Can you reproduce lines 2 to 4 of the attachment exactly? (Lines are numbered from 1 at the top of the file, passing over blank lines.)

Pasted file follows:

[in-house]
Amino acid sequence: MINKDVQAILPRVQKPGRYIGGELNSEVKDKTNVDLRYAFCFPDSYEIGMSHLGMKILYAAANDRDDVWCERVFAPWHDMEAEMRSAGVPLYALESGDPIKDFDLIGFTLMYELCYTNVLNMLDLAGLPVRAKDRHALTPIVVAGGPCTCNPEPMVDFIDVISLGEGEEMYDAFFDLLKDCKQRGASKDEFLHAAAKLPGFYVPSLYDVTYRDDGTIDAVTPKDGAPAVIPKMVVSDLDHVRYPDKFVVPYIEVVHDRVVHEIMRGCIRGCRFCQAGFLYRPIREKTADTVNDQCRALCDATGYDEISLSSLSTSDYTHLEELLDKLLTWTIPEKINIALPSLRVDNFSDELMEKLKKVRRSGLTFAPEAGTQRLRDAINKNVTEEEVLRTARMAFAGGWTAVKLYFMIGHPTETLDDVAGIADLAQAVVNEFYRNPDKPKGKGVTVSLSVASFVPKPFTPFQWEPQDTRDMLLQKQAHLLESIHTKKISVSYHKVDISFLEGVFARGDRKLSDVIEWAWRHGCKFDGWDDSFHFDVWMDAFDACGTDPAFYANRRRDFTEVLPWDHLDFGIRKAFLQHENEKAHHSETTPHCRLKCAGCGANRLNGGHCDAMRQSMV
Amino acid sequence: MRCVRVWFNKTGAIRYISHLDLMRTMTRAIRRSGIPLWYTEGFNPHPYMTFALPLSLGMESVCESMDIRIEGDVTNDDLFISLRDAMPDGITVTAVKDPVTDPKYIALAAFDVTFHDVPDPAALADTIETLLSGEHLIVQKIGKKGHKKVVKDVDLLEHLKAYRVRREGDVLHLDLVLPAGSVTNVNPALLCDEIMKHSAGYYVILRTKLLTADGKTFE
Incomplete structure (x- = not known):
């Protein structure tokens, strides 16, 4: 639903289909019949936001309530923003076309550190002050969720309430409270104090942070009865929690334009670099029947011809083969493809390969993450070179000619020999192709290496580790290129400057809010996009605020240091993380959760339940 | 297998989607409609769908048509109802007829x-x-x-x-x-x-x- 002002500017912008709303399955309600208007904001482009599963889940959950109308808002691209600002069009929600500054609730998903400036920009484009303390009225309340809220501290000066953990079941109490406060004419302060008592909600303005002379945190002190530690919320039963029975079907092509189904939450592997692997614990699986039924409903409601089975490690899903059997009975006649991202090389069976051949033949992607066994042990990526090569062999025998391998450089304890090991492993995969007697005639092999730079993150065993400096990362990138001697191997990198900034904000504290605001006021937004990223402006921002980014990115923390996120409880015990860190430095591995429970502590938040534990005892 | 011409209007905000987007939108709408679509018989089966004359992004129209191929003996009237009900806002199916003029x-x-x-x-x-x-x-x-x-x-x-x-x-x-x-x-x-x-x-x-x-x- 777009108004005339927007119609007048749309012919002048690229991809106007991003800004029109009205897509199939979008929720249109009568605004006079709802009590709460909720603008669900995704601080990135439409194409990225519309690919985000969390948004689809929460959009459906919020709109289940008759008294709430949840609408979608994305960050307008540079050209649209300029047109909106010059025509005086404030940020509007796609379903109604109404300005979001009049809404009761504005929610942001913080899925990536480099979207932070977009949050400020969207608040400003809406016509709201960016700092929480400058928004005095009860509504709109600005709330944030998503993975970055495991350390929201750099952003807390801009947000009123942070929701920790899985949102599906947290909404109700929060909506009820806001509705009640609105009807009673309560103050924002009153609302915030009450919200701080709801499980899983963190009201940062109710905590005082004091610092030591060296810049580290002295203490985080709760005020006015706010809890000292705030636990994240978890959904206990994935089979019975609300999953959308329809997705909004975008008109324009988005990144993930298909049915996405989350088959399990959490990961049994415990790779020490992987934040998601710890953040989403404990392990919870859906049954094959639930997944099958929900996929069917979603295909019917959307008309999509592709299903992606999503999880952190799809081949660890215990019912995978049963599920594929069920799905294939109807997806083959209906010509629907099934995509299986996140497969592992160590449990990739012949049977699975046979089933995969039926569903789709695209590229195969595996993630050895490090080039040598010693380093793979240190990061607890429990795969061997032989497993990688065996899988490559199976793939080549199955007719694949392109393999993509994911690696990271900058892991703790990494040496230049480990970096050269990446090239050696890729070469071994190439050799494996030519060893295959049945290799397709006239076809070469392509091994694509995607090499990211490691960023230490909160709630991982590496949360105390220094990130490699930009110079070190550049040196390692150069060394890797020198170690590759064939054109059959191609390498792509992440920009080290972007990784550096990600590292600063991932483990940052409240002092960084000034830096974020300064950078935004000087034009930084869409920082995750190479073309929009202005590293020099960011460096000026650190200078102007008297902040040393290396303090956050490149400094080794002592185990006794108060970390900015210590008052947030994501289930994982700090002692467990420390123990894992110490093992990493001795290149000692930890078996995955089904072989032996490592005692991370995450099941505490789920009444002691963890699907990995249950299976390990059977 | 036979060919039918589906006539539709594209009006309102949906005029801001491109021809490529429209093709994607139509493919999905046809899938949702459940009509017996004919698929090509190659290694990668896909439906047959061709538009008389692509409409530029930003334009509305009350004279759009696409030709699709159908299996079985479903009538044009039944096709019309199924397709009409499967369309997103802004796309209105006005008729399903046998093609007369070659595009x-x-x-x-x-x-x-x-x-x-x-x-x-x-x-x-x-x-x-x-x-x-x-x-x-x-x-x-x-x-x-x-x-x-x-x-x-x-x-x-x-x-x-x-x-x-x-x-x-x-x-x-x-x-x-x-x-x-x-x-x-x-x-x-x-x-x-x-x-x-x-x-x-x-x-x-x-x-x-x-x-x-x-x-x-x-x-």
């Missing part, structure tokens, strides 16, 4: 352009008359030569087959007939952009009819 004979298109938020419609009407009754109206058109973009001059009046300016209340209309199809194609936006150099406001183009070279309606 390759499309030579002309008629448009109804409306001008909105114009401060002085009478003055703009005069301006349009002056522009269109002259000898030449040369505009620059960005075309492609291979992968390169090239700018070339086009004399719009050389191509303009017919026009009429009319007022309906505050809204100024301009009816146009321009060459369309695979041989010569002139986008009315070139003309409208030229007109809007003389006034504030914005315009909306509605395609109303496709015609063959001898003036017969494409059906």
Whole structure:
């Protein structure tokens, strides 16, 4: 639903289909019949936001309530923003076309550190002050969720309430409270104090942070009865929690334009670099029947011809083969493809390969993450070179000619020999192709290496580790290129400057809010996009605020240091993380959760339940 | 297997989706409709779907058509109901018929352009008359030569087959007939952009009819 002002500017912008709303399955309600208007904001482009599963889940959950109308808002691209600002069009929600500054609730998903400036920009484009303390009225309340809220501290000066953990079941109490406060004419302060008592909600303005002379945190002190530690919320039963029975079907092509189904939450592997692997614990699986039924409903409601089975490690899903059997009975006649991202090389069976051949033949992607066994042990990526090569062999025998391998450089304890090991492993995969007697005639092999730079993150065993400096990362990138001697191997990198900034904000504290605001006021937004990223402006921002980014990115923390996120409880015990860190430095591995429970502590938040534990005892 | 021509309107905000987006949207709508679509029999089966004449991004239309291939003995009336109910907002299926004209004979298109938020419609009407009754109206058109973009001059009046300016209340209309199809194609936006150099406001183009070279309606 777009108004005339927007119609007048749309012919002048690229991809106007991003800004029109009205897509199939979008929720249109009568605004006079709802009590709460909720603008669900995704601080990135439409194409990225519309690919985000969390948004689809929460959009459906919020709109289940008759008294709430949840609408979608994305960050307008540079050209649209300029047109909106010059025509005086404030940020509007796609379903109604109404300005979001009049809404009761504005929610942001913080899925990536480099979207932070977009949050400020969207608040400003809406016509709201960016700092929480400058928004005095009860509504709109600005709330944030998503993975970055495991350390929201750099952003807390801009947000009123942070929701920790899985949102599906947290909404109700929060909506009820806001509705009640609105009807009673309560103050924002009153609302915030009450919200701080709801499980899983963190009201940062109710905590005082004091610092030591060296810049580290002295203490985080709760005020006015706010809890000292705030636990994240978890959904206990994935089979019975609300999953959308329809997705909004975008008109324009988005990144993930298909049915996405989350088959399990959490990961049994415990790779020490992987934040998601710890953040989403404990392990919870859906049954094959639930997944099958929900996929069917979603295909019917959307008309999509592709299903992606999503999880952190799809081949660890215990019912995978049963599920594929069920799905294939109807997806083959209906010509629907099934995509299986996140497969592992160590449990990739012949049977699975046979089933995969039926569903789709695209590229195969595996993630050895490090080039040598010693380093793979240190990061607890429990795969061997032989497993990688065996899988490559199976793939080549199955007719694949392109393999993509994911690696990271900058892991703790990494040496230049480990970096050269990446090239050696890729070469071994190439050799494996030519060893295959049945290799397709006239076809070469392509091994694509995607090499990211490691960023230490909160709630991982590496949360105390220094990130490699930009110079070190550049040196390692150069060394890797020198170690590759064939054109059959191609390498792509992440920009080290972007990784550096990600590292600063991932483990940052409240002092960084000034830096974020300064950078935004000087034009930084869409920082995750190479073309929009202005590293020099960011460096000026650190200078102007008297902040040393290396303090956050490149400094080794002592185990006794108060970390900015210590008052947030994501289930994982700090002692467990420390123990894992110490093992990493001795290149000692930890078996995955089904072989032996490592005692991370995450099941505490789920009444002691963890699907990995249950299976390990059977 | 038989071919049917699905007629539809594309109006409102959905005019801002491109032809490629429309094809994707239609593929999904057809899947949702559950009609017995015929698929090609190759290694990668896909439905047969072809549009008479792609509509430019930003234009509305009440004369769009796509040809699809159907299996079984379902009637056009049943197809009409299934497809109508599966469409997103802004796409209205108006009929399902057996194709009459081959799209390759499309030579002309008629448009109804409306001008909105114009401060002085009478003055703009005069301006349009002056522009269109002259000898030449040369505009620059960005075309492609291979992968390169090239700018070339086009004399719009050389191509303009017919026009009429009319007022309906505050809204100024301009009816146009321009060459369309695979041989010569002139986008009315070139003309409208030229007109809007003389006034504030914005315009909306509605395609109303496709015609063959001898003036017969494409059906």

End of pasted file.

Amino acid sequence: MINKDVQAILPRVQKPGRYIGGELNSEVKDKTNVDLRYAFCFPDSYEIGMSHLGMKILYAAANDRDDVWCERVFAPWHDMEAEMRSAGVPLYALESGDPIKDFDLIGFTLMYELCYTNVLNMLDLAGLPVRAKDRHALTPIVVAGGPCTCNPEPMVDFIDVISLGEGEEMYDAFFDLLKDCKQRGASKDEFLHAAAKLPGFYVPSLYDVTYRDDGTIDAVTPKDGAPAVIPKMVVSDLDHVRYPDKFVVPYIEVVHDRVVHEIMRGCIRGCRFCQAGFLYRPIREKTADTVNDQCRALCDATGYDEISLSSLSTSDYTHLEELLDKLLTWTIPEKINIALPSLRVDNFSDELMEKLKKVRRSGLTFAPEAGTQRLRDAINKNVTEEEVLRTARMAFAGGWTAVKLYFMIGHPTETLDDVAGIADLAQAVVNEFYRNPDKPKGKGVTVSLSVASFVPKPFTPFQWEPQDTRDMLLQKQAHLLESIHTKKISVSYHKVDISFLEGVFARGDRKLSDVIEWAWRHGCKFDGWDDSFHFDVWMDAFDACGTDPAFYANRRRDFTEVLPWDHLDFGIRKAFLQHENEKAHHSETTPHCRLKCAGCGANRLNGGHCDAMRQSMV
Amino acid sequence: MRCVRVWFNKTGAIRYISHLDLMRTMTRAIRRSGIPLWYTEGFNPHPYMTFALPLSLGMESVCESMDIRIEGDVTNDDLFISLRDAMPDGITVTAVKDPVTDPKYIALAAFDVTFHDVPDPAALADTIETLLSGEHLIVQKIGKKGHKKVVKDVDLLEHLKAYRVRREGDVLHLDLVLPAGSVTNVNPALLCDEIMKHSAGYYVILRTKLLTADGKTFE
Incomplete structure (x- = not known):